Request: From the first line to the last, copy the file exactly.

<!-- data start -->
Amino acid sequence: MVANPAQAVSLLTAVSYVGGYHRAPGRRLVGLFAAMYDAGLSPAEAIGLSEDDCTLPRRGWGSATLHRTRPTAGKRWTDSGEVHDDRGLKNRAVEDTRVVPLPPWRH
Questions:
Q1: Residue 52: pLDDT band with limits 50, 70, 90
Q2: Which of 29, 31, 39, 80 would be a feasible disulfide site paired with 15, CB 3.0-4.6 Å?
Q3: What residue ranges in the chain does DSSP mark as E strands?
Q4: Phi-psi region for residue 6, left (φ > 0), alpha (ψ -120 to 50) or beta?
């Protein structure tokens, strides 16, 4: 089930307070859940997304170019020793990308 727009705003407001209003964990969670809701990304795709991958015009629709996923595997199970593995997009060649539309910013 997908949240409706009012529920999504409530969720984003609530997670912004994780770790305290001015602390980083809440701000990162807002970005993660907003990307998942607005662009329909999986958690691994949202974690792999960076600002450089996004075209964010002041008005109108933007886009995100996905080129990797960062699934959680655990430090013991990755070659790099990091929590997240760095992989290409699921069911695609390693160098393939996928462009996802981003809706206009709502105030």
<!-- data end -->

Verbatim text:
Amino acid sequence: MVANPAQAVSLLTAVSYVGGYHRAPGRRLVGLFAAMYDAGLSPAEAIGLSEDDCTLPRRGWGSATLHRTRPTAGKRWTDSGEVHDDRGLKNRAVEDTRVVPLPPWRH
Questions:
Q1: Residue 52: pLDDT band with limits 50, 70, 90
Q2: Which of 29, 31, 39, 80 would be a feasible disulfide site paired with 15, CB 3.0-4.6 Å?
Q3: What residue ranges in the chain does DSSP mark as E strands?
Q4: Phi-psi region for residue 6, left (φ > 0), alpha (ψ -120 to 50) or beta?
């Protein structure tokens, strides 16, 4: 089930307070859940997304170019020793990308 727009705003407001209003964990969670809701990304795709991958015009629709996923595997199970593995997009060649539309910013 997908949240409706009012529920999504409530969720984003609530997670912004994780770790305290001015602390980083809440701000990162807002970005993660907003990307998942607005662009329909999986958690691994949202974690792999960076600002450089996004075209964010002041008005109108933007886009995100996905080129990797960062699934959680655990430090013991990755070659790099990091929590997240760095992989290409699921069911695609390693160098393939996928462009996802981003809706206009709502105030």